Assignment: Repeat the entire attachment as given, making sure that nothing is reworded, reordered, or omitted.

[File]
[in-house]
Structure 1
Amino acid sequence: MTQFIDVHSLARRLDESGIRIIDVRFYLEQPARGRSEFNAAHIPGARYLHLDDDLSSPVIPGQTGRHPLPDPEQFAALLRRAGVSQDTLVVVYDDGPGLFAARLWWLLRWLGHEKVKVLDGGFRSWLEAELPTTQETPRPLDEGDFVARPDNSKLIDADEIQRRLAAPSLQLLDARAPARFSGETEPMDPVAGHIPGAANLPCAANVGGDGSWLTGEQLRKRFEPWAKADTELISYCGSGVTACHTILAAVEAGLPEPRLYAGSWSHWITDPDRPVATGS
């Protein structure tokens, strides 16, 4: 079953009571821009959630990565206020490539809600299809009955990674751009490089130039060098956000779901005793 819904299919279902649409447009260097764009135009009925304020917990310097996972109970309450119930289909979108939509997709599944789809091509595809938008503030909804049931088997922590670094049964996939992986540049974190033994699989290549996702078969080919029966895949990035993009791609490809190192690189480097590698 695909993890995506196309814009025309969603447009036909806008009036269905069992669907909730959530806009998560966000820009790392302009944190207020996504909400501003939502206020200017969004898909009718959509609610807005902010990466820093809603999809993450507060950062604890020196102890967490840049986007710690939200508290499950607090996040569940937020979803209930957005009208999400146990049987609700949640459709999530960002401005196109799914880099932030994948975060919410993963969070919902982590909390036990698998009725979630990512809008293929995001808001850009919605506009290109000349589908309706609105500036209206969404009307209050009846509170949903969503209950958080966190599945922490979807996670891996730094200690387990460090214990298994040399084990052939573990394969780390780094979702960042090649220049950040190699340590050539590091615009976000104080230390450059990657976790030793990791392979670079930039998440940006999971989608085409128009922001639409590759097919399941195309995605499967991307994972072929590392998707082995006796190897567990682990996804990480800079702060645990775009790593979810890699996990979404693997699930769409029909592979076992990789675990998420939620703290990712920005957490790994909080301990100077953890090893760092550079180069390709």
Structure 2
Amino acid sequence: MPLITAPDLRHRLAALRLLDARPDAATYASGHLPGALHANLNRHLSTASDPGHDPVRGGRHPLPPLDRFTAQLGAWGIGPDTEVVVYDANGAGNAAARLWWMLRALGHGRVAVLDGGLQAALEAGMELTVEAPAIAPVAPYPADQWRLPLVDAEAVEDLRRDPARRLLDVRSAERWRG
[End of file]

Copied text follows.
[in-house]
Structure 1
Amino acid sequence: MTQFIDVHSLARRLDESGIRIIDVRFYLEQPARGRSEFNAAHIPGARYLHLDDDLSSPVIPGQTGRHPLPDPEQFAALLRRAGVSQDTLVVVYDDGPGLFAARLWWLLRWLGHEKVKVLDGGFRSWLEAELPTTQETPRPLDEGDFVARPDNSKLIDADEIQRRLAAPSLQLLDARAPARFSGETEPMDPVAGHIPGAANLPCAANVGGDGSWLTGEQLRKRFEPWAKADTELISYCGSGVTACHTILAAVEAGLPEPRLYAGSWSHWITDPDRPVATGS
């Protein structure tokens, strides 16, 4: 079953009571821009959630990565206020490539809600299809009955990674751009490089130039060098956000779901005793 819904299919279902649409447009260097764009135009009925304020917990310097996972109970309450119930289909979108939509997709599944789809091509595809938008503030909804049931088997922590670094049964996939992986540049974190033994699989290549996702078969080919029966895949990035993009791609490809190192690189480097590698 695909993890995506196309814009025309969603447009036909806008009036269905069992669907909730959530806009998560966000820009790392302009944190207020996504909400501003939502206020200017969004898909009718959509609610807005902010990466820093809603999809993450507060950062604890020196102890967490840049986007710690939200508290499950607090996040569940937020979803209930957005009208999400146990049987609700949640459709999530960002401005196109799914880099932030994948975060919410993963969070919902982590909390036990698998009725979630990512809008293929995001808001850009919605506009290109000349589908309706609105500036209206969404009307209050009846509170949903969503209950958080966190599945922490979807996670891996730094200690387990460090214990298994040399084990052939573990394969780390780094979702960042090649220049950040190699340590050539590091615009976000104080230390450059990657976790030793990791392979670079930039998440940006999971989608085409128009922001639409590759097919399941195309995605499967991307994972072929590392998707082995006796190897567990682990996804990480800079702060645990775009790593979810890699996990979404693997699930769409029909592979076992990789675990998420939620703290990712920005957490790994909080301990100077953890090893760092550079180069390709």
Structure 2
Amino acid sequence: MPLITAPDLRHRLAALRLLDARPDAATYASGHLPGALHANLNRHLSTASDPGHDPVRGGRHPLPPLDRFTAQLGAWGIGPDTEVVVYDANGAGNAAARLWWMLRALGHGRVAVLDGGLQAALEAGMELTVEAPAIAPVAPYPADQWRLPLVDAEAVEDLRRDPARRLLDVRSAERWRG